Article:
Design for prognostics and security in field programmable gate arrays (FPGAs).

Date

2020-03

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Publisher

Cranfield University

Department

SATM

Type

Thesis or dissertation

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Abstract

There is an evolutionary progression of Field Programmable Gate Arrays (FPGAs) toward more complex and high power density architectures such as Systems-on- Chip (SoC) and Adaptive Compute Acceleration Platforms (ACAP). Primarily, this is attributable to the continual transistor miniaturisation and more innovative and efficient IC manufacturing processes. Concurrently, degradation mechanism of Bias Temperature Instability (BTI) has become more pronounced with respect to its ageing impact. It could weaken the reliability of VLSI devices, FPGAs in particular due to their run-time reconfigurability. At the same time, vulnerability of FPGAs to device-level attacks in the increasing cyber and hardware threat environment is also quadrupling as the susceptible reliability realm opens door for the rogue elements to intervene. Insertion of highly stealthy and malicious circuitry, called hardware Trojans, in FPGAs is one of such malicious interventions. On the one hand where such attacks/interventions adversely affect the security ambit of these devices, they also undermine their reliability substantially. Hitherto, the security and reliability are treated as two separate entities impacting the FPGA health. This has resulted in fragmented solutions that do not reflect the true state of the FPGA operational and functional readiness, thereby making them even more prone to hardware attacks. The recent episodes of Spectre and Meltdown vulnerabilities are some of the key examples. This research addresses these concerns by adopting an integrated approach and investigating the FPGA security and reliability as two inter-dependent entities with an additional dimension of health estimation/ prognostics. The design and implementation of a small footprint frequency and threshold voltage-shift detection sensor, a novel hardware Trojan, and an online transistor dynamic scaling circuitry present a viable FPGA security scheme that helps build a strong microarchitectural level defence against unscrupulous hardware attacks. Augmented with an efficient Kernel-based learning technique for FPGA health estimation/prognostics, the optimal integrated solution proves to be more dependable and trustworthy than the prevalent disjointed approach.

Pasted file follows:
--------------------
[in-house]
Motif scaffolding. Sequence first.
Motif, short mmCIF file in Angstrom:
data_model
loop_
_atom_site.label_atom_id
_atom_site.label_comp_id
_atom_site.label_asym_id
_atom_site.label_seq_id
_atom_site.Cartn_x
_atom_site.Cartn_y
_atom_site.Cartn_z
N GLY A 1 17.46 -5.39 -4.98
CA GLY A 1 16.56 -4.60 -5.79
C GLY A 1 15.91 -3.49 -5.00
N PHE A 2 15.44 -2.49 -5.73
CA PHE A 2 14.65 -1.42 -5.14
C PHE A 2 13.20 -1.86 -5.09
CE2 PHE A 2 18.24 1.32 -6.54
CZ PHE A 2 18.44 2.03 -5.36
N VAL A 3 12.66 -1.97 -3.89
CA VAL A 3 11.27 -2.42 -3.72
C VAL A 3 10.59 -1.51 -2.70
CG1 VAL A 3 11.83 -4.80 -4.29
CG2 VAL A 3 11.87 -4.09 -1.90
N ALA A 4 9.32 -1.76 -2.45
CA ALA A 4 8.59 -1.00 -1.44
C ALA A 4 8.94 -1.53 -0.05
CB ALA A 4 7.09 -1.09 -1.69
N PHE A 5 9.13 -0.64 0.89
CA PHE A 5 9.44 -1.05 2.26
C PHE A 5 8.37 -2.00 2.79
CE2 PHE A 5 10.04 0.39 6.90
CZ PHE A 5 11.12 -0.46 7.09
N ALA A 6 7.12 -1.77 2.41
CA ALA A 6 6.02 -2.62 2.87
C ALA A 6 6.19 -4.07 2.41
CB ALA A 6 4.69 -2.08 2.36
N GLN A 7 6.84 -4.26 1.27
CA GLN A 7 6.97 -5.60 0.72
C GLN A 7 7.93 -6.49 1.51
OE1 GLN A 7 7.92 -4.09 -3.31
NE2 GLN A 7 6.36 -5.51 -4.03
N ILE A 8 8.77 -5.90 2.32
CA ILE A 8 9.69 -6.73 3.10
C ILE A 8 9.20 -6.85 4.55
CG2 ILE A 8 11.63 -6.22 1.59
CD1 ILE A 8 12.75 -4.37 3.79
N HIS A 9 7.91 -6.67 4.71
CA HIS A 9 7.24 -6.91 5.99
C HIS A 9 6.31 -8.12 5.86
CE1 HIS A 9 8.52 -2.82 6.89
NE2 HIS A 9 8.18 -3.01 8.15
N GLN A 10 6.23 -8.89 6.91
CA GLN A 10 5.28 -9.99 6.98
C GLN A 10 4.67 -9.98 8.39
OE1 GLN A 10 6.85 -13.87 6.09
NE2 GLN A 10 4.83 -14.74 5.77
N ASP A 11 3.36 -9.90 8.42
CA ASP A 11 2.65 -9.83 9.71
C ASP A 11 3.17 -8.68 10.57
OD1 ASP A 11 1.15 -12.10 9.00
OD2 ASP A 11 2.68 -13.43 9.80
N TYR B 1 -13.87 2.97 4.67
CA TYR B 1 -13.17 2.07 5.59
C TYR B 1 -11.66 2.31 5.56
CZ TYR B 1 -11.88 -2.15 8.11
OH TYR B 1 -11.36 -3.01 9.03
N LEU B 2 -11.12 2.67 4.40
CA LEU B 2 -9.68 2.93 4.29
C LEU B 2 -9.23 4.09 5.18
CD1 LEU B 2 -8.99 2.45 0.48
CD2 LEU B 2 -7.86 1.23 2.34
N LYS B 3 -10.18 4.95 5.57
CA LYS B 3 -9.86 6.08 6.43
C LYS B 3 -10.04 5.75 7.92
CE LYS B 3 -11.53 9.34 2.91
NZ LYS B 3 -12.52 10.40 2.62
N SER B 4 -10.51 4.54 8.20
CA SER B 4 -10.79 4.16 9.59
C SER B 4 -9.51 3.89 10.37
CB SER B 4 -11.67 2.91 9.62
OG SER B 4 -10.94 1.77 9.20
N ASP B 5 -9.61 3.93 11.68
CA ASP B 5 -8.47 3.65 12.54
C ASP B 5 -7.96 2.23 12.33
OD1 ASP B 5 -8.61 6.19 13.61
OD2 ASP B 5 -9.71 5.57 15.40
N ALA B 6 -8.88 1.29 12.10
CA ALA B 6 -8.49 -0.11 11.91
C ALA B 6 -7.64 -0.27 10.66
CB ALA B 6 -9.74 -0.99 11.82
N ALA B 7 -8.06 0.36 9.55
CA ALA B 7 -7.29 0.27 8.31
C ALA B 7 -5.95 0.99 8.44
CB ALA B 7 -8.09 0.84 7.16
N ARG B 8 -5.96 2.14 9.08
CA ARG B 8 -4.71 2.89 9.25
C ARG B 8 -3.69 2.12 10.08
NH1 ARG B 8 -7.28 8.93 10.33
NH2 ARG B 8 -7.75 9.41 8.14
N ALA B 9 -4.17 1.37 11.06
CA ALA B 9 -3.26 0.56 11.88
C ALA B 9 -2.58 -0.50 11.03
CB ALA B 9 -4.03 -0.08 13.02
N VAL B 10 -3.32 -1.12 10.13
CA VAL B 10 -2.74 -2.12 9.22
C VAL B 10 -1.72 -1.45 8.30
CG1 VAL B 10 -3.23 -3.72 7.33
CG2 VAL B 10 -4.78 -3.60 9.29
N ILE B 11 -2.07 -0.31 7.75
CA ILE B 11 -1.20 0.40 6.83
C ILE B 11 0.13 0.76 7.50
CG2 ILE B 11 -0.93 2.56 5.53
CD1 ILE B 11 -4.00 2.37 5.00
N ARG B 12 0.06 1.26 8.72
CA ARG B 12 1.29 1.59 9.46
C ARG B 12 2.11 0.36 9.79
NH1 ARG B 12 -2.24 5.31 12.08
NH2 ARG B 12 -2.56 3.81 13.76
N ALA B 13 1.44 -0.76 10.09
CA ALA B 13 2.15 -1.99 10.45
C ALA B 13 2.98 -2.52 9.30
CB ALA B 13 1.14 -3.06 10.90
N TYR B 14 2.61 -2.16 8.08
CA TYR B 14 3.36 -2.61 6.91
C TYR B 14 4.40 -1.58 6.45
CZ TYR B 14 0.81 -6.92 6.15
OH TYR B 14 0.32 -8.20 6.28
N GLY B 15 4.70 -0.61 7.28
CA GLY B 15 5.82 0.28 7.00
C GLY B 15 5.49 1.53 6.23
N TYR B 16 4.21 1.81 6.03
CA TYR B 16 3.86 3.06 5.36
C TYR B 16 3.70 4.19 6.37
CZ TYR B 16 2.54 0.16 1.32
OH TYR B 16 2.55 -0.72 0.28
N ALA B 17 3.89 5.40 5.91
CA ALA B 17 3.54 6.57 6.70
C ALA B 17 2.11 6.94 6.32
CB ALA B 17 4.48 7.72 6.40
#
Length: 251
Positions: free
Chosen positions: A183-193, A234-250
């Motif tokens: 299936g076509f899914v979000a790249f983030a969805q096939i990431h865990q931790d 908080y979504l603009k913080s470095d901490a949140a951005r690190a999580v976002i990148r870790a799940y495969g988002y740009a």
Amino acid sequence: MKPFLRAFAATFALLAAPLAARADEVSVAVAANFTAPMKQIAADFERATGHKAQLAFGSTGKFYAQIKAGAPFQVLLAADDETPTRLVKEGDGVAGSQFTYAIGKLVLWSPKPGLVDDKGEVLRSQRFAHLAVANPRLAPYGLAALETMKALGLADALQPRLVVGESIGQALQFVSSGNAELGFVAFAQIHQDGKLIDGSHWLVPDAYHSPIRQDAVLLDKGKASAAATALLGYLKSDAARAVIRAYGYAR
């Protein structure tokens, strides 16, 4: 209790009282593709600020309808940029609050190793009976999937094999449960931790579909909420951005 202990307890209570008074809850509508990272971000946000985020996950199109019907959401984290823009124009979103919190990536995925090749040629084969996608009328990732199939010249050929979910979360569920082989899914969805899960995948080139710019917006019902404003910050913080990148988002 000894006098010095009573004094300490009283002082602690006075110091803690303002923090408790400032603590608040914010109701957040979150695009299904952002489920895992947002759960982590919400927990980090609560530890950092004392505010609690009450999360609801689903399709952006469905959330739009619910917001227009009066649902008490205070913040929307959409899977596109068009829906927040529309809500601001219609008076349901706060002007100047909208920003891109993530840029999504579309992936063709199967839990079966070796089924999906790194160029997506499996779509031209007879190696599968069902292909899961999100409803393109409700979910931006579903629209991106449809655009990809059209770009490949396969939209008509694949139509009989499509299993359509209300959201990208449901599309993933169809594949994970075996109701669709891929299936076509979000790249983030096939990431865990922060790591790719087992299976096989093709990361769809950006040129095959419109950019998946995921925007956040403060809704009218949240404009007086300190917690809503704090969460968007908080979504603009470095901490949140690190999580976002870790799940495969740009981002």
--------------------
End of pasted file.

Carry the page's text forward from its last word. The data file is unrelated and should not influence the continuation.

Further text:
Description

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Github

Keywords

Reliability, hardware trojans, kernel learning, negative and positive bias temperature instability (N/PBTI), cybersecurity, threshold voltage

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© Cranfield University, 2020. All rights reserved. No part of this publication may be reproduced without the written permission of the copyright holder.

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